“I know there was a hand that met him, I know there was a jubilee, I know that Jesus precious arms were waiting and I know they’ll be there for you I know they’ll be there me.”

Steve Short was the finest man, Christian or other wise I’d ever known. Sadly to knock my own religion the finest examples of humans in my own life have not always been Christians. But I truly know, I do truly know someday I’ll see him again and he will break into one of those big wide grins he used to always have. After my divorce, Steve and I exchanged a lot of phone calls. We’d talked about some future fishing trips that never happened, but mostly we talked of God a lot, and how He’d changed both of our lives and how He’d been there all along when, we were just struggling through life thinking it was something we were carrying on by our own strength. I do not know why he took Him home. But Steve used to talk about knowing that being in heaven as 100 million times greater than being here. But here he lived finally as an example of what Jesus described as, there being no greater love, than giving your life for your friends, few Christians think of it as a commandment in the manner He really gave it, “I command you to love each other in the same way that I love you. And here is how to measure it—the greatest love is shown when people lay down their lives for their friends.” I know Steve would have done the same thing for me, “love each other in the same way that I love you.” There were those that grudged the loss of Steve’s life, for a lad that had been constantly “in trouble,” and who had a checkered past. Steve lost his scholarship to UCLA simply because the summer after graduating from High School, he had for very brief time hung with trouble, and ended up getting caught breaking into a liquor store and doing a month in jail for his efforts. Those same type of folks that were judging the boy’s future against the anguish and love they’d known for Steve, were the same kind of folks that wrote Steve off after his misadventure with the law. A mutual friend told me he would have done the same thing for any one he’d known for only five minutes..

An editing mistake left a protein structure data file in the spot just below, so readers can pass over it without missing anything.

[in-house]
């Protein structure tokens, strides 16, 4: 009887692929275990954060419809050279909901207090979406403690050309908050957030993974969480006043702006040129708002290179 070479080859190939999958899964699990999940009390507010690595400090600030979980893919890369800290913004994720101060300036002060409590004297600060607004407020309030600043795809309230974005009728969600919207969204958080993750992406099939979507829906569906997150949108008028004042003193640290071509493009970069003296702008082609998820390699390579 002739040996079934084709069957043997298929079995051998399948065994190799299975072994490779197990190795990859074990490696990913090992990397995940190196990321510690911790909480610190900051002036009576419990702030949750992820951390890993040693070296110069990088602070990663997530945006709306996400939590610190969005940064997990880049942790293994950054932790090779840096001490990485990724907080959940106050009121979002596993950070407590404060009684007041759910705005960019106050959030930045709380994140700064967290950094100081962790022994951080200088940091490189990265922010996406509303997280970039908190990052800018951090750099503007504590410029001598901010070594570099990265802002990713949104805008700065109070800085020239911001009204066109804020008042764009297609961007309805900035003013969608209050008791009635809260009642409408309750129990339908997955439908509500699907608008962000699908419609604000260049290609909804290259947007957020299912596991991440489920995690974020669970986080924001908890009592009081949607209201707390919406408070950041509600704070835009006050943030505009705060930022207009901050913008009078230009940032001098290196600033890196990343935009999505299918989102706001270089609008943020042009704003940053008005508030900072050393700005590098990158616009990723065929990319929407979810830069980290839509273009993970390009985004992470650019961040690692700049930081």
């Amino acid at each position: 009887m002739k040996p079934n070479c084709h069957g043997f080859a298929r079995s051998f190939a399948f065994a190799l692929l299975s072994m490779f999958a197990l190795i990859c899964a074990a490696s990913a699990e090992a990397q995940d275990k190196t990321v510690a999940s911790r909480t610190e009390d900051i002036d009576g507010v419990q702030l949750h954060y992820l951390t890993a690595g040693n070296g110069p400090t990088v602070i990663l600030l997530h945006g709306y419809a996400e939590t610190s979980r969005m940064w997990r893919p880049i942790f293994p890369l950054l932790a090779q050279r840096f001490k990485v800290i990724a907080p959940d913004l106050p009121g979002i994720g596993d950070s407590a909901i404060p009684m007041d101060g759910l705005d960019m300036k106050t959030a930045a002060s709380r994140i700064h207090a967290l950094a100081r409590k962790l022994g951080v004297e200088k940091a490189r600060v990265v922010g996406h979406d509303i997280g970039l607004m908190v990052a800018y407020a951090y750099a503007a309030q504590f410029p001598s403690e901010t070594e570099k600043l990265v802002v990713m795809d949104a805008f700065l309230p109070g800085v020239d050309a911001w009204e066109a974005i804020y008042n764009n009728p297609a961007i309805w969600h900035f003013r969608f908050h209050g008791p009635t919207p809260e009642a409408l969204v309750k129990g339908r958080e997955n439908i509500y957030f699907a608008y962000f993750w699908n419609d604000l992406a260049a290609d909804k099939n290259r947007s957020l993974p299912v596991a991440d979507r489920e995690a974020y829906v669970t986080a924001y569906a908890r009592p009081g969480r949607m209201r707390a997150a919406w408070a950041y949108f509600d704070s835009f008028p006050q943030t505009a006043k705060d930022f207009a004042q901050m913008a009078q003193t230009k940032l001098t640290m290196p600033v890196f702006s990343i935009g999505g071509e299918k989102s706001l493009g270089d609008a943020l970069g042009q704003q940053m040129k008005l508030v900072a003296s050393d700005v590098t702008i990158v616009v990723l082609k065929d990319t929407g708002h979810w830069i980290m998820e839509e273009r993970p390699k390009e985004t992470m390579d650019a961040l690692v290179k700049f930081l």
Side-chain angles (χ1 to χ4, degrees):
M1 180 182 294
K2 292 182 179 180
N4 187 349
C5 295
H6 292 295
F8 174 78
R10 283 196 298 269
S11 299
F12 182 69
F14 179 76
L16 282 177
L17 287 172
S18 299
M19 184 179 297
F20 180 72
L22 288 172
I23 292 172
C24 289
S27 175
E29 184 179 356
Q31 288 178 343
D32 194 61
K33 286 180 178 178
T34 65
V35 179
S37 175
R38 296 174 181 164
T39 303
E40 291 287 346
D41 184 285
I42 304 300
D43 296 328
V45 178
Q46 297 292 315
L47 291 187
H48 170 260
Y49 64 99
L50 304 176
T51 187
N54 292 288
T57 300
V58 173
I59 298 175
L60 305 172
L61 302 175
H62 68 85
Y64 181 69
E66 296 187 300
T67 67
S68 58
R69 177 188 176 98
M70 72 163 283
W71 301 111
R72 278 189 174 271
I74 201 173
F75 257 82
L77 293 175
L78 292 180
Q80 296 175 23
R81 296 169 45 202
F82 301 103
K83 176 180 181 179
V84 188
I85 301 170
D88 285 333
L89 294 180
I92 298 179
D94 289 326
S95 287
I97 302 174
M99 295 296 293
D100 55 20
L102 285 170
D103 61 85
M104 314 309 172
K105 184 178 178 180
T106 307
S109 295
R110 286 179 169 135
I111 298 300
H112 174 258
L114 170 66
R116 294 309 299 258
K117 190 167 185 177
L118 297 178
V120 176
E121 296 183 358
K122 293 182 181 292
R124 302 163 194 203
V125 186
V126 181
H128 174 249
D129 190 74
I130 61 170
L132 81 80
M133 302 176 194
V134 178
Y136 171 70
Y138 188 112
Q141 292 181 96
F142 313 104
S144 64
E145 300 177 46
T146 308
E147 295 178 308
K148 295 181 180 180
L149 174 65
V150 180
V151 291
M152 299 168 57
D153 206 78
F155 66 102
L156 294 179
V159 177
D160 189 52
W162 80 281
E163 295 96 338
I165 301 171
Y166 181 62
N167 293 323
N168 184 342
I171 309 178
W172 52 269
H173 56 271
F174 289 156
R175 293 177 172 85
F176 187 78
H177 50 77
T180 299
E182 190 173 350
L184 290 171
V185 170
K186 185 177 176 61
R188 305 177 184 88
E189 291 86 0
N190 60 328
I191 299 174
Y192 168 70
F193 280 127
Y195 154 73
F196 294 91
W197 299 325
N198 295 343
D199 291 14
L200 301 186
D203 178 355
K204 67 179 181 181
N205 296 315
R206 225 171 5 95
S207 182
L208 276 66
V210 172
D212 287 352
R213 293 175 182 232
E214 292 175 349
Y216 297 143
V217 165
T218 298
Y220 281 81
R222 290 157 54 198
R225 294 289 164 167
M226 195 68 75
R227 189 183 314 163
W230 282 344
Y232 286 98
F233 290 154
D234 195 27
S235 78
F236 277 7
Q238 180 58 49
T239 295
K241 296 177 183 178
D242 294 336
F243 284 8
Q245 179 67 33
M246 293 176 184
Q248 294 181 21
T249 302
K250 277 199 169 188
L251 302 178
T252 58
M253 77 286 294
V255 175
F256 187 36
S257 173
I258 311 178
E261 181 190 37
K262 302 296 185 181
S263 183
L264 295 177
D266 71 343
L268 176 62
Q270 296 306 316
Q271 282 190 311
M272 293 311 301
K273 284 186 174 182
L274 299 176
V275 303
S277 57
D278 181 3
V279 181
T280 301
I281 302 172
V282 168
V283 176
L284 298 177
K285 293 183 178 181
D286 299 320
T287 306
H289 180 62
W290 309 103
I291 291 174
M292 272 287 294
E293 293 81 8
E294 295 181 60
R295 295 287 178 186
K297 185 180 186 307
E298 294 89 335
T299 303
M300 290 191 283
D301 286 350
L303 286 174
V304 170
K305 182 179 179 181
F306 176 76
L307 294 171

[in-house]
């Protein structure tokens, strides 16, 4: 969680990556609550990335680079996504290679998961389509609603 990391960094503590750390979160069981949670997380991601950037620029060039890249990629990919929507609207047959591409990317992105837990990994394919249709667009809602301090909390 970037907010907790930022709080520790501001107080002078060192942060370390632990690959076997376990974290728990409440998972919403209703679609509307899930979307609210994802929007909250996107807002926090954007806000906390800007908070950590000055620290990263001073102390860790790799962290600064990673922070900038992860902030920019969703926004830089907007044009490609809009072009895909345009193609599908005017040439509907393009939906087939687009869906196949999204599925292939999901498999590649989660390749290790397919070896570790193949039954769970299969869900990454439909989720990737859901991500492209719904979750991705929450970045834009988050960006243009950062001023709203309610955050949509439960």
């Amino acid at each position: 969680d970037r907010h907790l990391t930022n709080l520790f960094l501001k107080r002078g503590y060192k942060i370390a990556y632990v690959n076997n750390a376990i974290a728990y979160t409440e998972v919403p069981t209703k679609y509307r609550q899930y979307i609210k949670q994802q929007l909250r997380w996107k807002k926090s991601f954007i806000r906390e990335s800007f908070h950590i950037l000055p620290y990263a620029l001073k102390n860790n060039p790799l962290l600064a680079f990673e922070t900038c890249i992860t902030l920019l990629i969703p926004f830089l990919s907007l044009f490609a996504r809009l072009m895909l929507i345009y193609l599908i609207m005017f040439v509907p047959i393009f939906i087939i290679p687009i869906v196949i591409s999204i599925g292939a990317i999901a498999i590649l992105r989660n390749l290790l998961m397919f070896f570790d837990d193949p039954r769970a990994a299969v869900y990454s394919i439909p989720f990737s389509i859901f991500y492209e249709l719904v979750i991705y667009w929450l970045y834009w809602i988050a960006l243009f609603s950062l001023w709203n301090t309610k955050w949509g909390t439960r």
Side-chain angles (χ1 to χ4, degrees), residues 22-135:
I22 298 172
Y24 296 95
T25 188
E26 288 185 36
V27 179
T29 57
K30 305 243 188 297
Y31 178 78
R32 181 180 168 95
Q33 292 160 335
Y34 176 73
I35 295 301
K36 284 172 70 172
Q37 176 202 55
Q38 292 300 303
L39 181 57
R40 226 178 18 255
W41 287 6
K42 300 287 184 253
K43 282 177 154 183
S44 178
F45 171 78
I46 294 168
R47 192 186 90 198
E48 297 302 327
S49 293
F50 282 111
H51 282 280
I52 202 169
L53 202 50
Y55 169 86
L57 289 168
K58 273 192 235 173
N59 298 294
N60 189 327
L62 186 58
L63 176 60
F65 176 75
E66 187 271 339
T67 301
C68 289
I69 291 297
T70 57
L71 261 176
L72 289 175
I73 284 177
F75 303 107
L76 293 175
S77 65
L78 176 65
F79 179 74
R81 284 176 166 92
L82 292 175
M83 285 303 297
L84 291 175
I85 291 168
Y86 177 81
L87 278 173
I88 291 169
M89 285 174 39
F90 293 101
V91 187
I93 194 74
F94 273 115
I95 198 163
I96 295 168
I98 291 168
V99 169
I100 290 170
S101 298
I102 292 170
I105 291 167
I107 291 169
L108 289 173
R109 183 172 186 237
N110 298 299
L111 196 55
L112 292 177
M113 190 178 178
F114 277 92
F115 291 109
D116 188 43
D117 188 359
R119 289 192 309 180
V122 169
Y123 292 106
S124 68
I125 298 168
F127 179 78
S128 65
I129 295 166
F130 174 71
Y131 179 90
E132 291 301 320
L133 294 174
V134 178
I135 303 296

His father, had a particularly hard time with Steve’s death. About two years after Steve had been gone I stopped by to spent some time with Steve’s Mom, Rosie and his Dad, Bill Short, Steve’s father. Bill had been a fishing boat captain, now retired who had as an infantryman fought his way over every bad inch of Americas second World War effort in Sicily and then over  most of the geographical boot of Italy.

After the war he logged until he bought his fishing boat, taking time off to fish every chance he got, when the first spring salmon was over the Gold Ray Dam, most of his friends assumed Bill Short had already set out to catch it, riding his pan-head Harley-Davidson, out into the brushy trails next to the Rogue River. When Steve and I were in the 6th grade Bill took us both to Diamond lake at the very end of the fishing season we’d skittered 60 through the patches of snow up from Eagle Point, in the ’55 VW to troll for huge rainbow trout the biggest trout I’d ever seen, giant silvery bullets all of them caught by Bill while Steve and I shivered in the boat, and got a tongue lashings when we got our lines entangled with Captain Bill’s. During that era the schools and logging companies and mills would close for the first week of deer hunting season. Bill would as quick as could, run out opening day and find a buck no matter how large or small, kill it, dress it and be able to get in four or five days of the summer run steelhead fishing while all of his friends were still in hunting camp. After Bill had been fishing for twenty year’s he’d still moor his boat and run up the slippery banks of the smith river when the salmon were running, with his pole catching them for the pure fun of what his commercial operation would not quite satisfy. I tried, several times to leave that evening but Bill Short and I talked for over two hours more out in front of my pickup, after Rosie had gone to bed, on that late summer evening. I told his father, that I’d been reading about the first few centuries of the Christian church, and if the event that cost his son his life had occurred in the days of the early Christian Church, Steve would have been made a Saint for this act of saving the boy’s life. The bland objective journal of the region just reported a death, by drowning that went largely unnoticed and never mentioned what had happened. But there were those who knew him that thought of Steve in that Holy manner already—maybe it is that there is no difference between the early Church and the real Church. Despite the way humans including Christians, have tried to organize our cultures without God, there have been great and good men who have walked with our precious Savior, in manner that he intended us to. I told his father the truth that night, that Steve was simply the finest man I’d ever known.